For startups, camels are a more appropriate mascot. Camels adapt to multiple climates, survive without food or water for months, and when the time is right, can sprint rapidly for sustained periods of time. Unlike unicorns, camels are not imaginary creatures living in fictitious lands. They are real, resilient and can survive in the harshest places on Earth. While the metaphor may not be as flashy, these startup camels prioritize sustainability, and thus survival, from the get-go by balancing strong growth and cash flow.
Financial Distancing: How Venture Capital Follows the Economy Down and Curtails Innovation
Although late-stage venture capital (VC) activity did not change dramatically in the first two months after the COVID-19 pandemic reached the U.S., early-stage VC activity declined by 38%. The particular sensitivity of early-stage VC investment to market conditions—which we show to be common across recessions spanning four decades from 1976 to 2017—raises questions about the pro-cyclicality of VC and its implications for innovation, especially in light of the common narrative that VC is relatively insulated from public markets. We find that the implications for innovation are not benign: innovation conducted by VC-backed firms in recessions is less highly cited, less original, less general, and less closely related to fundamental science. These effects are more pronounced for startups financed by early-stage venture funds. Given the important role that VC plays in financing breakthrough innovations in the economy, our findings have implications for the broader discussion on the nature of innovation across business cycles.
In times of great uncertainty, people, naturally, tend to “fold in” and contract. They reduce their personal spending and cut their corporate budgets. It’s obvious that money will be hard to come by. This article shares five critical steps that leaders can take to protect their companies.
Entrepreneurs beware: you’ll have to work extra hard and take extra painful decisions for your startup to survive the coronavirus crisis. The warning comes from Elaia, a venture capital firm based in Paris, who like several European investors isn’t sugar-coating its message to entrepreneurs on the kinds of challenges the coronavirus pandemic poses for startups.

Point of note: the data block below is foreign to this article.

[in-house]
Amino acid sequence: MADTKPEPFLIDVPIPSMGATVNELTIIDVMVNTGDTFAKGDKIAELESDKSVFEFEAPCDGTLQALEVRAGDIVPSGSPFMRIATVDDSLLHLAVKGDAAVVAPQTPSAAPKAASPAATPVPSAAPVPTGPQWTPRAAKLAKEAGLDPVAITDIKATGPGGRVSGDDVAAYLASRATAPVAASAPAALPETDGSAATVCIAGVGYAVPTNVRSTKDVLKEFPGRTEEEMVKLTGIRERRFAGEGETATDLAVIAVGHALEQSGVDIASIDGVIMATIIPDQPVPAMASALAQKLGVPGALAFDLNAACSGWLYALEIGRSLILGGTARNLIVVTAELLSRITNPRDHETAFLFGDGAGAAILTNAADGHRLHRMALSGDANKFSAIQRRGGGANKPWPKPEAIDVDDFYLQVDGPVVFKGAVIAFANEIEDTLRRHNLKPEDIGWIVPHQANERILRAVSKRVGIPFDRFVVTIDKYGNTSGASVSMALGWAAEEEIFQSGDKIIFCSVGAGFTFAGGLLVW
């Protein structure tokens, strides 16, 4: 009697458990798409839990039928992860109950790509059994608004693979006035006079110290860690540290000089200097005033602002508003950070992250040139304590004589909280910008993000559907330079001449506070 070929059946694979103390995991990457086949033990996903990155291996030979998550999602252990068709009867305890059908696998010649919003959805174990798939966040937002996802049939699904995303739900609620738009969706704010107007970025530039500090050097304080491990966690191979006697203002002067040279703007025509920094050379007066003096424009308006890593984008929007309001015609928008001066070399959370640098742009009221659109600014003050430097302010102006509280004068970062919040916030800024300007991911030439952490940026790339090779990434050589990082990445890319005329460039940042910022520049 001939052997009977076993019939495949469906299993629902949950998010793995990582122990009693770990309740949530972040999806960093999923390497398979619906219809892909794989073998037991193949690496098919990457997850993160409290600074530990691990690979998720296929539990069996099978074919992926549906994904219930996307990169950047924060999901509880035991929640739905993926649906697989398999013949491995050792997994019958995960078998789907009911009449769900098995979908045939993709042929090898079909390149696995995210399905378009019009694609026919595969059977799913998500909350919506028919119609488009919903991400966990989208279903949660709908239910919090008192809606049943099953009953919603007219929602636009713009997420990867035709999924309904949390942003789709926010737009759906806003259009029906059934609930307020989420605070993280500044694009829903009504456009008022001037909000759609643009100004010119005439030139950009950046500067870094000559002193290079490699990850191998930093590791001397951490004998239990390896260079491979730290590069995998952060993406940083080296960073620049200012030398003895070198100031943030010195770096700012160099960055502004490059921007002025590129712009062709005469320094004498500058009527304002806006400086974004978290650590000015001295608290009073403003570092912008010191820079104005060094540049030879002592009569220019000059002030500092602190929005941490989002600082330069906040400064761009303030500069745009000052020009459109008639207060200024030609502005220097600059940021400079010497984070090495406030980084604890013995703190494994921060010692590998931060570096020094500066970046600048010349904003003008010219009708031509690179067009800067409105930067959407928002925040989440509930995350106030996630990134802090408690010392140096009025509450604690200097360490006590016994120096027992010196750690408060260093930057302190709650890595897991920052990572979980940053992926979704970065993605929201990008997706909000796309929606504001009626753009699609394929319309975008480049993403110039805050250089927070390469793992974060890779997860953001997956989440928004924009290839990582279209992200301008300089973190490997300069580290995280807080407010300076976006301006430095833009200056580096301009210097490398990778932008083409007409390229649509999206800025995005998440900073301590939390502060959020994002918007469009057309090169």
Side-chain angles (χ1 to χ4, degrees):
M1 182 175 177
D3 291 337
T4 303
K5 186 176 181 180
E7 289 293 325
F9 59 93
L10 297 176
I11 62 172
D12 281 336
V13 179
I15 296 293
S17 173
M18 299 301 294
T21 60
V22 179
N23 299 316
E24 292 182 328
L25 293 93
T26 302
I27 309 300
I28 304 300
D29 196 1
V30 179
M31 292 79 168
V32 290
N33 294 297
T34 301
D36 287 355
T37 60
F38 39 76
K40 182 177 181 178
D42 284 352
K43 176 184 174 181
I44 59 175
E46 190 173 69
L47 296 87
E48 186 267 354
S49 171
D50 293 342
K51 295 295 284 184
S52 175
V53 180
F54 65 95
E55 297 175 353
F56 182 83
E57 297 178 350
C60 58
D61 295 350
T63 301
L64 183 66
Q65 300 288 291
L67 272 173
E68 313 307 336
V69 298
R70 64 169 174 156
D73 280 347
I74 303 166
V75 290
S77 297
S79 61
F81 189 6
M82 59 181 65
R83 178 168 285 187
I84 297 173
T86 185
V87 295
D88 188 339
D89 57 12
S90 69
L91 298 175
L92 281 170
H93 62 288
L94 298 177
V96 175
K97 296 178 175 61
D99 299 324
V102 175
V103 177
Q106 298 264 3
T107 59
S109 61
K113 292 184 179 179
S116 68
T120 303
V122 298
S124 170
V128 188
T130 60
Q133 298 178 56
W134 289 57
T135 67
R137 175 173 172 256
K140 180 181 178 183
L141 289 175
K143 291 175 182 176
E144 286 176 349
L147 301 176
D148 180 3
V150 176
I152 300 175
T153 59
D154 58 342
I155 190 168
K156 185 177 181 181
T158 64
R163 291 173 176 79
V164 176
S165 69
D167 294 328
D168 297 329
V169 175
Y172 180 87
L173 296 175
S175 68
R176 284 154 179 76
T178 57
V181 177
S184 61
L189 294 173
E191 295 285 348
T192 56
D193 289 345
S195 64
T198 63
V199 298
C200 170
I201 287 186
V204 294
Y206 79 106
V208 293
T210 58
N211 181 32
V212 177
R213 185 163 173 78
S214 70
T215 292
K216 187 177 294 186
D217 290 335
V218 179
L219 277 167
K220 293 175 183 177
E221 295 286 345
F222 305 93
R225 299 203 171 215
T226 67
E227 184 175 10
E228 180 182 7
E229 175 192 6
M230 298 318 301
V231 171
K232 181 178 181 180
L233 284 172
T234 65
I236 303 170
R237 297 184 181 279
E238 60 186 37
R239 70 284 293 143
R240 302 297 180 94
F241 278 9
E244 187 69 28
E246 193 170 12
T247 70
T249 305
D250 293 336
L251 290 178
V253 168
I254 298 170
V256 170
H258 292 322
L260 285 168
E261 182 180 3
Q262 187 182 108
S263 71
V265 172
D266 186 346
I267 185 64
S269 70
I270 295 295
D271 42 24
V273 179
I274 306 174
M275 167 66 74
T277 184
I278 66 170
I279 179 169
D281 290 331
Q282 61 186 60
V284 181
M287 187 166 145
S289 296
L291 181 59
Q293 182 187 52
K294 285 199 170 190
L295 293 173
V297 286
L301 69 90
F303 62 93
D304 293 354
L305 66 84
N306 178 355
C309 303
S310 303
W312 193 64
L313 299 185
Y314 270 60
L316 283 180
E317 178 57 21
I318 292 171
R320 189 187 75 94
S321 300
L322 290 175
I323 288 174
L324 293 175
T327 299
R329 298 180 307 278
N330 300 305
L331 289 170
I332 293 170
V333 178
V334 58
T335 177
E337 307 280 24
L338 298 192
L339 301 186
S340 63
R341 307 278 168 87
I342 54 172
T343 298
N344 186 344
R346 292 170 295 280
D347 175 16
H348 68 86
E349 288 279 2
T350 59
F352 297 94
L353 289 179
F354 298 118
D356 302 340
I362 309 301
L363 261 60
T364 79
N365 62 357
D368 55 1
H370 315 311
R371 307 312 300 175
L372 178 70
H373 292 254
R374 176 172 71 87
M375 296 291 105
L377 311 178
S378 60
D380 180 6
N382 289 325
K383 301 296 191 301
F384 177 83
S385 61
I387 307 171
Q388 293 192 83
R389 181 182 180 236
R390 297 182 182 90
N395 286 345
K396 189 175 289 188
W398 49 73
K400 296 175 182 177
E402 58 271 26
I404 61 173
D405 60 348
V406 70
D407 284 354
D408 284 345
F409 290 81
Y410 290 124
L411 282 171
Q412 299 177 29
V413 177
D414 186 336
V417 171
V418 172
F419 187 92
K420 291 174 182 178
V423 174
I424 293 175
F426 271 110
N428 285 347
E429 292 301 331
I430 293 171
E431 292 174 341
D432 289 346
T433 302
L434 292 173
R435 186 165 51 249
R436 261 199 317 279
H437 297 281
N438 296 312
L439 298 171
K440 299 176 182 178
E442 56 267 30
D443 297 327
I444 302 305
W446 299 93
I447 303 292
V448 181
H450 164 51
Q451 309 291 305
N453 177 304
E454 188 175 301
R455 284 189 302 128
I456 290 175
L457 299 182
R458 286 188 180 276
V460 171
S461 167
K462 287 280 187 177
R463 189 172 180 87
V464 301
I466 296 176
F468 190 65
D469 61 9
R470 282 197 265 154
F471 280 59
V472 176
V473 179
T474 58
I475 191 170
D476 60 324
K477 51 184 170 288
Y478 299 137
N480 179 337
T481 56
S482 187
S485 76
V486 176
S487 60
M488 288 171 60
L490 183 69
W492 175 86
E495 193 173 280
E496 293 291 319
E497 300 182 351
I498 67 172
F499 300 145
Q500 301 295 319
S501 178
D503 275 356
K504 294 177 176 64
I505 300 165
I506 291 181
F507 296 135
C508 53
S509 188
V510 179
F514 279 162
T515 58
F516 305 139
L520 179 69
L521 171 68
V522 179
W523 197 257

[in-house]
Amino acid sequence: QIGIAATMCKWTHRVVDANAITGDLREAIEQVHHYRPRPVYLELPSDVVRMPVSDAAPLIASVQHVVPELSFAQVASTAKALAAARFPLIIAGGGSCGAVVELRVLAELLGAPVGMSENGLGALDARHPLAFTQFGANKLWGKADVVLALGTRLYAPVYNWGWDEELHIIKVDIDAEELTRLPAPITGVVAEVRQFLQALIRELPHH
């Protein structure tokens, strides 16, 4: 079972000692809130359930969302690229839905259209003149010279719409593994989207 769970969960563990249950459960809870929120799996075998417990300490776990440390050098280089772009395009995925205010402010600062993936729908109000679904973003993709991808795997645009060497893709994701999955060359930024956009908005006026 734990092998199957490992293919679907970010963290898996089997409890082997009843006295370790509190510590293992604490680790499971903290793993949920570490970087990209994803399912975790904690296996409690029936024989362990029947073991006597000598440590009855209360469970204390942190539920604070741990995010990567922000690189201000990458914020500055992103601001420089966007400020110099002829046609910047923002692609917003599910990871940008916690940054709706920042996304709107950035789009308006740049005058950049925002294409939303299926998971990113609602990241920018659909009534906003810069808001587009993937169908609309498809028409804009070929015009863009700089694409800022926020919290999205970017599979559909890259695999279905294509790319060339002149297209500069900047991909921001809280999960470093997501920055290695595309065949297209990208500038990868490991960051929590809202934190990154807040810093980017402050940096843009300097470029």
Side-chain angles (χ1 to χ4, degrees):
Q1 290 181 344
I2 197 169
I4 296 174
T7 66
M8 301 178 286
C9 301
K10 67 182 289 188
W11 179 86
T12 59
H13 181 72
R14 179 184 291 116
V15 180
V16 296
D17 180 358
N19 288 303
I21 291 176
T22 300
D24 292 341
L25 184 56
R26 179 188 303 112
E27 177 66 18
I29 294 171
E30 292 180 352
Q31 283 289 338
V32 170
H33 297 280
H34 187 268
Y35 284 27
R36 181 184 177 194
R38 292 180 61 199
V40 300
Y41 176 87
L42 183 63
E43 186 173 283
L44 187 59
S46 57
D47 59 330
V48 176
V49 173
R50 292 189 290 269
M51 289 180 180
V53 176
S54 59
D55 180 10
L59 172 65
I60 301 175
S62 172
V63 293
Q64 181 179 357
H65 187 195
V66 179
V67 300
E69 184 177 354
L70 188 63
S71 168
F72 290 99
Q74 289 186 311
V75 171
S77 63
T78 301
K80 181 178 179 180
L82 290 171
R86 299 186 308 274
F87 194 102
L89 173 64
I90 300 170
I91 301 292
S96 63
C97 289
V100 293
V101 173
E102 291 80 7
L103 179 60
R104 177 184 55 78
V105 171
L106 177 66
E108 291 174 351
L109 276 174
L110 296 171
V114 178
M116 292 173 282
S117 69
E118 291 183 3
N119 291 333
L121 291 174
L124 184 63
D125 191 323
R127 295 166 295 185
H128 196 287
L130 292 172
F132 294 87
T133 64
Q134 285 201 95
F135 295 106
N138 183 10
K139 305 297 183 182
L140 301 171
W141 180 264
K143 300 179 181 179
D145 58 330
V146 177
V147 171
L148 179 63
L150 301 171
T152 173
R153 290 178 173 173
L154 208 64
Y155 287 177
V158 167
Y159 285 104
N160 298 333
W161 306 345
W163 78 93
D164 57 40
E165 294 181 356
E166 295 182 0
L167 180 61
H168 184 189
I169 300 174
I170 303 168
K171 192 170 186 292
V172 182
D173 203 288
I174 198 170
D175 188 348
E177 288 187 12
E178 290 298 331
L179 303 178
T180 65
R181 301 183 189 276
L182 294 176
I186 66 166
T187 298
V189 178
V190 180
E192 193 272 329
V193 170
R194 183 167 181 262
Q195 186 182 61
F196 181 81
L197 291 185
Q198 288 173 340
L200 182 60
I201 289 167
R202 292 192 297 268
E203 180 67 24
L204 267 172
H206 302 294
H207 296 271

Down rounds raise a number of delicate and important issues for companies and investors, including impacts on employees and investors; fiduciary duty considerations for the company's board (and others), along with a heightened risk of stockholder litigation; and oftentimes complex structuring considerations. In this alert, we provide an overview of such issues—to serve as a refresher for those who have been through down rounds in the past and as a primer for those who have not—as well as practical steps and suggestions in navigating a down round.
Viola Data: Coronavirus and its Impact on the Israeli Tech Ecosystem
In an attempt to quantify the effects of the Coronavirus on the Israeli tech ecosystem, Viola Group sent out surveys to their forums of HR and C-level professionals. With a combined total of more than 150 responses, the data set shows that the virus is already affecting major business decisions, including hiring policy, travel policy, demand generation, deal close, and more.
What Advice Are Venture Capitalists Giving To Startups In Light Of The Coronavirus Crisis?
The coronavirus pandemic is broadly affecting businesses globally, but it is affecting startups particularly hard. In this article, I have gathered some key advice to startups from leading venture capitalists and others connected to the venture industry.